A check of the mail turns up items of interest:
* SAVING LIVES: A friend sends a link to a story from Iowa, where the presence of an automated external defibrillator was credited with saving the life of a shopper who'd collapsed in the store. Nationwide, states have moved toward laws to encourage and protect use of the devices in public places. Friends comment: "Hell of a lot more likely to save someone in a church,say, than a handgun, I would wager."
* GROUP HOMES: A reader suggests attention to a Little Rock Planning Commission at 3:30 p.m. today which is scheduled to discuss group homes in residential neighborhoods. The note, in part:
Jack Fryer Jr., as a representative for AROX LLC, has a plan approved by the Planning Commission to house seven (7) drug/alcohol felons at 101 N. Plaza, one block from Park Plaza Mall. 101 N Plaza — at Markham — is a house at the southwest corner of land bordered by McKinley on the east. It has a pool that needs some repair, and sold for $65k. [Fryer is the representative for Oxford House, which would operate the facility.]
Approved by Planning Commission January 10, 2013, after some opposition:
He is apparently confident that the Little Rock Board of Directors will approve this plan, since the location is already published on the Oxford House web site.
...Fryer first attempted acquisition of the former nursing home near the former Julie's Place, and then successfully acquired 102 N. Brookside Dr.
The note laments that the Hillcrest Residents Association hasn't weighed in on the plan (though you'll see fro the link that a number of neighbors opposed the special use permit to expand the permitted number of unrelated occupants in a single-family house from four to seven). The writer further raises a fear that group homes are part of a long-range plan to devalue residential neighborhoods and thus make them ripe for commercial development. That strikes me as a stretch. But Little Rock and other cities are likely to have only more, not fewer, debates about the presence of group homes in residential neighborhoods, particularly with the move to reduce prison populations by moving people to community settings — halfway houses, group homes and the like. Fair housing laws present impediments to arbitrary refusal of rehab homes. But, in this case, the city went farther than it had to go over wishes of residents. The planning staff made the case that it was reasonable before the 6-3 approval vote. The notes are worth a read in this case and as a prelude for the future.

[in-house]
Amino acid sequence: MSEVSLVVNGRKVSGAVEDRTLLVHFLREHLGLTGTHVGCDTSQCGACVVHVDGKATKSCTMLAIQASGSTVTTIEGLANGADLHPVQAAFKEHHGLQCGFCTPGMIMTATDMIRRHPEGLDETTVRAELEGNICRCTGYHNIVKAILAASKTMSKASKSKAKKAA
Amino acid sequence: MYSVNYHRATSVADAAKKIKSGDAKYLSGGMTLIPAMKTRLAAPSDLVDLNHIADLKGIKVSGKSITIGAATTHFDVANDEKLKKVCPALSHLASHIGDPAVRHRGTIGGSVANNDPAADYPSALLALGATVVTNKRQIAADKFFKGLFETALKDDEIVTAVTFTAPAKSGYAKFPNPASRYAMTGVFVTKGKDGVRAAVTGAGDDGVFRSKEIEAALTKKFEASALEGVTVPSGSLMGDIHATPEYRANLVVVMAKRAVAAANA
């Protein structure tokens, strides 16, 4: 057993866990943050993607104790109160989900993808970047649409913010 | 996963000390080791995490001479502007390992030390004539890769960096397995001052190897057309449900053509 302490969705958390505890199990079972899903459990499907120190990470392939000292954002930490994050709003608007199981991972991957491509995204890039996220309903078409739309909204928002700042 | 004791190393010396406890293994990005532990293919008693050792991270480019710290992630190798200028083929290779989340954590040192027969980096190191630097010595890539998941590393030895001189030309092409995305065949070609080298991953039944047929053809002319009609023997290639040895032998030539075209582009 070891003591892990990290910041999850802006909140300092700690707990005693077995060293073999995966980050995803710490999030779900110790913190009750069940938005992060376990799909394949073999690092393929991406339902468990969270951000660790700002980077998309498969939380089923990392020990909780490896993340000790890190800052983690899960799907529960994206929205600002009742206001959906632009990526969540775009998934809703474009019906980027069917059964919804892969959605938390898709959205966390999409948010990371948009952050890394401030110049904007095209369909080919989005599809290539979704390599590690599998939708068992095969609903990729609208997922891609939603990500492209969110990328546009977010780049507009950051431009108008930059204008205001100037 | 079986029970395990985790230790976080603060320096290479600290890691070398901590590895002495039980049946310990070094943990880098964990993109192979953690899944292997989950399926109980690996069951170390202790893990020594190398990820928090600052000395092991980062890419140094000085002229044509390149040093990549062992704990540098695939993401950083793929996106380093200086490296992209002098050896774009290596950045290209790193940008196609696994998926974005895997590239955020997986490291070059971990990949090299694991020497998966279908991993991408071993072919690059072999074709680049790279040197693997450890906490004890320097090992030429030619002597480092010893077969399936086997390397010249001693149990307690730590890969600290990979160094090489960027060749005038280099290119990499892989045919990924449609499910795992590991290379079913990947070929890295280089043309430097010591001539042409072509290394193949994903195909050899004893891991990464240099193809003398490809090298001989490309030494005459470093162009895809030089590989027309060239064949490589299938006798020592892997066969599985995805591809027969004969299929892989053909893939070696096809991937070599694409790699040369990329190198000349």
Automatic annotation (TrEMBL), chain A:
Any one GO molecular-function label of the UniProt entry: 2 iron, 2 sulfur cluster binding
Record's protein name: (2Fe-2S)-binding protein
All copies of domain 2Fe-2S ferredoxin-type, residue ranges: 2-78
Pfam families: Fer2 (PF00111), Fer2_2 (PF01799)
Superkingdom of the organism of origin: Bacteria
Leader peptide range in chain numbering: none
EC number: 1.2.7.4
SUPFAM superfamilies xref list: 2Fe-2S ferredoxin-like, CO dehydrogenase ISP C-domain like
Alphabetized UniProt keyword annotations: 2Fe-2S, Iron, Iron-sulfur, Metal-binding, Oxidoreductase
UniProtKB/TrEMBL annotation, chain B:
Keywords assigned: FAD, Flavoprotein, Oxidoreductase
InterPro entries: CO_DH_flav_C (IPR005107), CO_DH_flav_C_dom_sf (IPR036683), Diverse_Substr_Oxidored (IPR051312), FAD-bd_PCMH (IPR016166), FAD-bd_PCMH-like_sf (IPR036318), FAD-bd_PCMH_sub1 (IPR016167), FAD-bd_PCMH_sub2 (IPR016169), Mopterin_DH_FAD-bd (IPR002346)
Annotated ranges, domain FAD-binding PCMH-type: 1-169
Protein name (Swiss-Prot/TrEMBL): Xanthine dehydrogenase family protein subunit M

* HELPING COLLEGE KIDS: The University of Texas comes up with a plan to reward students for speedier progress toward degree completion with enhanced scholarships and loan forgiveness. This is the idea driving at least one of the programs for reshaping awards under the (dwindling) Arkansas lottery scholarship program.
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What to you think?